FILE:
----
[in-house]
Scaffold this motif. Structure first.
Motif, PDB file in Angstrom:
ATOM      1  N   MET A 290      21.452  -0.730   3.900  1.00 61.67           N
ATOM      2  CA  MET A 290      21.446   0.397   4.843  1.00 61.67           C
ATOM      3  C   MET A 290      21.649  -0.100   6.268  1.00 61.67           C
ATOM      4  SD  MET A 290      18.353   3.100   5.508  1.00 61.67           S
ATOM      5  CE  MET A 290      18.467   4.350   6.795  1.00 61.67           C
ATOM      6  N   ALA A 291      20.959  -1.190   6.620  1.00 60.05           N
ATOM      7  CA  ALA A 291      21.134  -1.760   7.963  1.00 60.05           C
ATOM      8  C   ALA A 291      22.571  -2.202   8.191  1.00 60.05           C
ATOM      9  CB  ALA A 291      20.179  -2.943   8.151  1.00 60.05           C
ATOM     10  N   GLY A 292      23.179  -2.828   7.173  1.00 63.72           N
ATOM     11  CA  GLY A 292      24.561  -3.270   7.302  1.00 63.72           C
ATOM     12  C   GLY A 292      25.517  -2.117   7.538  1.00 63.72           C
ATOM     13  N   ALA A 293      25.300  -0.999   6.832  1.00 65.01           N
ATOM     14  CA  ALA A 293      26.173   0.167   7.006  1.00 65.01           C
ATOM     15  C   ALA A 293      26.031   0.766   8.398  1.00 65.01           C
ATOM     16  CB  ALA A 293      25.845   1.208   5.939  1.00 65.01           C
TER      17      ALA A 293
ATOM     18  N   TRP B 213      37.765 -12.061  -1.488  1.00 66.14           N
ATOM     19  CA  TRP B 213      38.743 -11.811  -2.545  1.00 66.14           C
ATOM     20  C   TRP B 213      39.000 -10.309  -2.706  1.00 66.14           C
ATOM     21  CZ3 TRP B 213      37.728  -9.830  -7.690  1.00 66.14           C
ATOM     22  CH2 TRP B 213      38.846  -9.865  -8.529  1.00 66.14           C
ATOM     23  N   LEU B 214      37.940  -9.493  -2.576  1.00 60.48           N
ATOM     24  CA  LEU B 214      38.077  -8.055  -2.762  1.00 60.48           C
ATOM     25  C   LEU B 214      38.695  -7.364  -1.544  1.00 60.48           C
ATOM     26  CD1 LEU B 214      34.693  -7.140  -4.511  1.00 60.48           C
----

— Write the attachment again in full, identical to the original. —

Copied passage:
[in-house]
Scaffold this motif. Structure first.
Motif, PDB file in Angstrom:
ATOM      1  N   MET A 290      21.452  -0.730   3.900  1.00 61.67           N
ATOM      2  CA  MET A 290      21.446   0.397   4.843  1.00 61.67           C
ATOM      3  C   MET A 290      21.649  -0.100   6.268  1.00 61.67           C
ATOM      4  SD  MET A 290      18.353   3.100   5.508  1.00 61.67           S
ATOM      5  CE  MET A 290      18.467   4.350   6.795  1.00 61.67           C
ATOM      6  N   ALA A 291      20.959  -1.190   6.620  1.00 60.05           N
ATOM      7  CA  ALA A 291      21.134  -1.760   7.963  1.00 60.05           C
ATOM      8  C   ALA A 291      22.571  -2.202   8.191  1.00 60.05           C
ATOM      9  CB  ALA A 291      20.179  -2.943   8.151  1.00 60.05           C
ATOM     10  N   GLY A 292      23.179  -2.828   7.173  1.00 63.72           N
ATOM     11  CA  GLY A 292      24.561  -3.270   7.302  1.00 63.72           C
ATOM     12  C   GLY A 292      25.517  -2.117   7.538  1.00 63.72           C
ATOM     13  N   ALA A 293      25.300  -0.999   6.832  1.00 65.01           N
ATOM     14  CA  ALA A 293      26.173   0.167   7.006  1.00 65.01           C
ATOM     15  C   ALA A 293      26.031   0.766   8.398  1.00 65.01           C
ATOM     16  CB  ALA A 293      25.845   1.208   5.939  1.00 65.01           C
TER      17      ALA A 293
ATOM     18  N   TRP B 213      37.765 -12.061  -1.488  1.00 66.14           N
ATOM     19  CA  TRP B 213      38.743 -11.811  -2.545  1.00 66.14           C
ATOM     20  C   TRP B 213      39.000 -10.309  -2.706  1.00 66.14           C
ATOM     21  CZ3 TRP B 213      37.728  -9.830  -7.690  1.00 66.14           C
ATOM     22  CH2 TRP B 213      38.846  -9.865  -8.529  1.00 66.14           C
ATOM     23  N   LEU B 214      37.940  -9.493  -2.576  1.00 60.48           N
ATOM     24  CA  LEU B 214      38.077  -8.055  -2.762  1.00 60.48           C
ATOM     25  C   LEU B 214      38.695  -7.364  -1.544  1.00 60.48           C
ATOM     26  CD1 LEU B 214      34.693  -7.140  -4.511  1.00 60.48           C